PS, I will be coming to SF guys, so don’t worry…

  • “The shoulder hoisting is a practical response to the fact there is no podium.”

    Mick, I don’t know whether or not the Paisley snr anecdote related to a Westminster or to an Assembly election win. I’ve just done a little googling and found these references to Paisley jnr’s Westminster win last year:

    “Taking centre stage, Paisley Jnr. nodded to his entourage … The National Anthem having been sung, he left the stage and headed for the exit, the press pack surging behind him … All that remained was for Paisley Jnr. to accept the adulation of his supporters. The victorious new MP was carried shoulder high from the reception area, reaching out to pump hands and high five his overjoyed supporters.”

    Mr X supports a different party now.

  • Mack

    Worth noting FF polled 2% less than Labour. The gap in seats gained due to poor candidate selection &transfer toxicity was huge. This is probably a low point not the end. They’ll almost certainly score big gains next time out.

  • fitzjameshorse1745

    I noticed that one female candidate seemed to be groped by her supporters.
    But it is an odd Irish tradition. It lacks gravitas.
    On balance FG winners looked worryingly too well fed to be hoisted comfortably.

  • wee buns


    however groped, hoisted, or far too well fed.
    The candidates are being ‘ridden’ a high.
    Almost like an oracle of things to come, no?

    BTW I reckon they make FG guys in some factory ‘cos they all do look the same, or is it just that born-to-rule expression…

  • Mick Fealty

    To return to the topic in hand.

    Picked up one explanation as to why O’Donnell ran in #DLSW, to put down a marker to Coughlan who it is felt within the party had lost touch with her base support. And, probably, to stop Pearse Doherty cutting out a near monopoly in the western Gaeltacht.

  • wee buns


    As recently as early last year, Coughlan could have shot someone in the street and still been re elected the next day, her appointment as Tánaiste in March being enthusiastically lauded locally. Mary (I have it from a good source) just a few weeks ago purchased a 600,000K plot of land in Letterkenny on behalf of the government from FF Cllr Sean McEniff. This is not the act of people who have an iota of self awareness about the public disgust for the same.
    However how could they fail to notice the dominance of Doherty.

  • Nationalism is a part of the political scene in every nation and to a greater or lesser extent in each nation. It is not necessarily explicit in bread and butter political issues but it is there. It can pull the heartstring of a voter and on some occasions and can make a crucial difference to the outcome of a general election. I think it may have done during the 1983 UK general election.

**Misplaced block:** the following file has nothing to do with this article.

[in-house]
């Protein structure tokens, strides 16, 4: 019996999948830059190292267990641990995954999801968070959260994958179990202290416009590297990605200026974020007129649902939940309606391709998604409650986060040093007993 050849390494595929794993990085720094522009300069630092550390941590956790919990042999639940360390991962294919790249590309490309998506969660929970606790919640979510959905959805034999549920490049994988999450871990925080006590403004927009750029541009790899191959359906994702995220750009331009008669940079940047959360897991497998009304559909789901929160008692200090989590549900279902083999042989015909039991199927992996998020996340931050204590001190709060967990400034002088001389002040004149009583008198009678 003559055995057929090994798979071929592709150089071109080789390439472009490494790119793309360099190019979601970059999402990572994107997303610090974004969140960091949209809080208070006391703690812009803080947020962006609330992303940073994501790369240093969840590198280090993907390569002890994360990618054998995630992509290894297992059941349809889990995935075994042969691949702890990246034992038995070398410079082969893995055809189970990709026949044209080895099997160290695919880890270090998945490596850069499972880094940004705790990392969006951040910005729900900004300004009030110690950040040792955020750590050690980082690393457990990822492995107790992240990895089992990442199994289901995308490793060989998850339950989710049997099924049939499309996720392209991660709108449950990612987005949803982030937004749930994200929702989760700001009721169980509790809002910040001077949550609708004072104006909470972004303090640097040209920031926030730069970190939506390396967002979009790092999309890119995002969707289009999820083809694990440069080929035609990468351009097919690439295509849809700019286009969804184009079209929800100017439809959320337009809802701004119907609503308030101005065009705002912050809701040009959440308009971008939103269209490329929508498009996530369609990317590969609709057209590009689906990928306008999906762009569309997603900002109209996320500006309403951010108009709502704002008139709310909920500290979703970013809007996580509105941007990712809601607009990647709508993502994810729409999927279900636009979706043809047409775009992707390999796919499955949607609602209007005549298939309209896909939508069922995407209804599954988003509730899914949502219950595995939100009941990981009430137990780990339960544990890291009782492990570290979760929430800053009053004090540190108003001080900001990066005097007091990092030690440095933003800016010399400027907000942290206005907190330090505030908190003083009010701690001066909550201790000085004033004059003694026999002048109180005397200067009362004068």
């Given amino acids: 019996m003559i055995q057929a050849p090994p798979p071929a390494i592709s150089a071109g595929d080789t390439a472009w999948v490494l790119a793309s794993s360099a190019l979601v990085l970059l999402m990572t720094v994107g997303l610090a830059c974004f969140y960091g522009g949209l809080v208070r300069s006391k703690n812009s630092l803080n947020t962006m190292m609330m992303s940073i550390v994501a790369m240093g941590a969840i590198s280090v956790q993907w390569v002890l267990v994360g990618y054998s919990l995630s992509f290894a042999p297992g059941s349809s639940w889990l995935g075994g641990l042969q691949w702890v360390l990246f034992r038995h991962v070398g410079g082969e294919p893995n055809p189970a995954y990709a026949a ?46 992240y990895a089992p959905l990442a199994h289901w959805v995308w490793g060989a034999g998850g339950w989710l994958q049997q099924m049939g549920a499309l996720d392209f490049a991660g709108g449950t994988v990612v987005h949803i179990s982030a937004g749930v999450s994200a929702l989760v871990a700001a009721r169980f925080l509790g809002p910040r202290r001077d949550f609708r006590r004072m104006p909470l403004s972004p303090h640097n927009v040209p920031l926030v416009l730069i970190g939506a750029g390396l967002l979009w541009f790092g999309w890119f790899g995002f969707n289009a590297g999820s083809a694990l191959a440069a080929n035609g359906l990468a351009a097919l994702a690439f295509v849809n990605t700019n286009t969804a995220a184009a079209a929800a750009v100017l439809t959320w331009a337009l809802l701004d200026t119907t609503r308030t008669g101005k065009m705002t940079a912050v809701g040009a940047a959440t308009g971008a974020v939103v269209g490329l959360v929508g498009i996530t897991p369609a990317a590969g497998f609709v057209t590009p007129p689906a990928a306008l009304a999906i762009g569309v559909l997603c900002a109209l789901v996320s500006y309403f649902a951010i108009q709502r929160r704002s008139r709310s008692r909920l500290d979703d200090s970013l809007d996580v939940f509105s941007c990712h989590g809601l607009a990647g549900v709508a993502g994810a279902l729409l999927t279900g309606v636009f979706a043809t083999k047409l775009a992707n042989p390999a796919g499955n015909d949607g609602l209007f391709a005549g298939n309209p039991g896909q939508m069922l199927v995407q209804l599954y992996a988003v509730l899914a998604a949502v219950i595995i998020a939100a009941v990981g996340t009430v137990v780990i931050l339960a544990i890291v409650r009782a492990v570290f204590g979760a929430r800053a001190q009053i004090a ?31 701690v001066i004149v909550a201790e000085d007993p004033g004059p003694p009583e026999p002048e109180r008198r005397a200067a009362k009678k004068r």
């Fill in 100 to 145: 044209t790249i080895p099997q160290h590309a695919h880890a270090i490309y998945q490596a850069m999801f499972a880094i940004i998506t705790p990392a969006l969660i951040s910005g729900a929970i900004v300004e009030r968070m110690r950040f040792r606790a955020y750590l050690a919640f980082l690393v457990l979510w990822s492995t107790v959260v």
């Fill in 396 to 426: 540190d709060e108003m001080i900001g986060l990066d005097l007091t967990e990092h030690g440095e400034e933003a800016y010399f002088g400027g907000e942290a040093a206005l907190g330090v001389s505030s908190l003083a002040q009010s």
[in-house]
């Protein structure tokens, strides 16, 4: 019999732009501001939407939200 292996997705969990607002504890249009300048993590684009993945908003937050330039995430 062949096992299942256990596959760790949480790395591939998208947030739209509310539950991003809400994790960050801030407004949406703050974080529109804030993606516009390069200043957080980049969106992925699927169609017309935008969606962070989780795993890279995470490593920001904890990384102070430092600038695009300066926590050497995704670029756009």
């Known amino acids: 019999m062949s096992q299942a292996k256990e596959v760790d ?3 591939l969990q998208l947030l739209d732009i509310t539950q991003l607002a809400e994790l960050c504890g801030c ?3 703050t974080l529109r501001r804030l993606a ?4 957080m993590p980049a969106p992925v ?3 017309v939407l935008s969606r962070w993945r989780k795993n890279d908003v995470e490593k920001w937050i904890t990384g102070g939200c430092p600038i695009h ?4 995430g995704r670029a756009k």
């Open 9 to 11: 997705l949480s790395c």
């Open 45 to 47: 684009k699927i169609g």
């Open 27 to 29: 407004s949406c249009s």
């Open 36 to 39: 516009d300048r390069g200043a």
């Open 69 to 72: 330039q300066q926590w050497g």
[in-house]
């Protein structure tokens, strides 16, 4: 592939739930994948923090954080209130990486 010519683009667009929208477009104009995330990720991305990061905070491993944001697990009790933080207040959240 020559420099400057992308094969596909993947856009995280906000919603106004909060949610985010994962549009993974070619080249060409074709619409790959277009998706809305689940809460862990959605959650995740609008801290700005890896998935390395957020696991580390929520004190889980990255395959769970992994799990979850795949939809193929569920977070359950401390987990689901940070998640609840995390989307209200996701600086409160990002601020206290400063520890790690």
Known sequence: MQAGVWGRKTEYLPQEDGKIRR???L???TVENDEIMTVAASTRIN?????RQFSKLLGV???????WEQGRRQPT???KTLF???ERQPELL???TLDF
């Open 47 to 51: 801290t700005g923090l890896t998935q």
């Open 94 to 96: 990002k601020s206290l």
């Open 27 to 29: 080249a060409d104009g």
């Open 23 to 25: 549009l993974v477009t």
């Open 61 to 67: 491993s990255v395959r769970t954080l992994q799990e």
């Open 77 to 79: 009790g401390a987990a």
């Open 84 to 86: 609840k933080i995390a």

No political party should be the exclusive owner its Nation’s flag but some political parties take more ownership of the flag than others.

    In the Republic of Ireland, Fianna Fail has always been more nationalist than its political rivals. In the UK, the Conservative Party used to be the most nationalist political party. In recent years, UKIP have made inroads into the British nationalist right political space.

    The huge drop in support for Fianna Fail may reflect, on some subliminal level, a massive drop in the National self-esteem of Irish people. It could mean that the Nationalist space is up for grabs in the future. I have not doubt that Sinn Fein will make a dash to supplant Fianna Fail as the largest party of Irish Nationalism but I think the situation is very fluid. Fine Gael may yet have a very big say in that too.

    I think that Fianna Fail can recover. They can be thankful that Fine Gael are going into government with Labour and not a centre-right alliance. They can also be thankful their voting system is not “first past the post” Fianna Fail wanted that system in many years ago as a means of wiping out Fine Gael. Perhaps that electoral system will also help to keep them alive, just as it is keeping the UUP alive at Assembly and regional level.

  • wee buns

    We saw a good example on last night’s TV, where Clair Daly of ULA described SF as a ‘radical nationalist’ party.
    When Cllr Mc Laughlin’s replied to that remark, he switched ‘radical Nationalist’ for ‘radical Republican’.
    That the two terms are seen to be interchangeable, (without EVEN, in this instance, the pernickety Mr. Browne batting an eyelid) it just goes to show how easy it is for political parties to claim to hold to ‘republican values’ while never being challenged on wtf that actually means.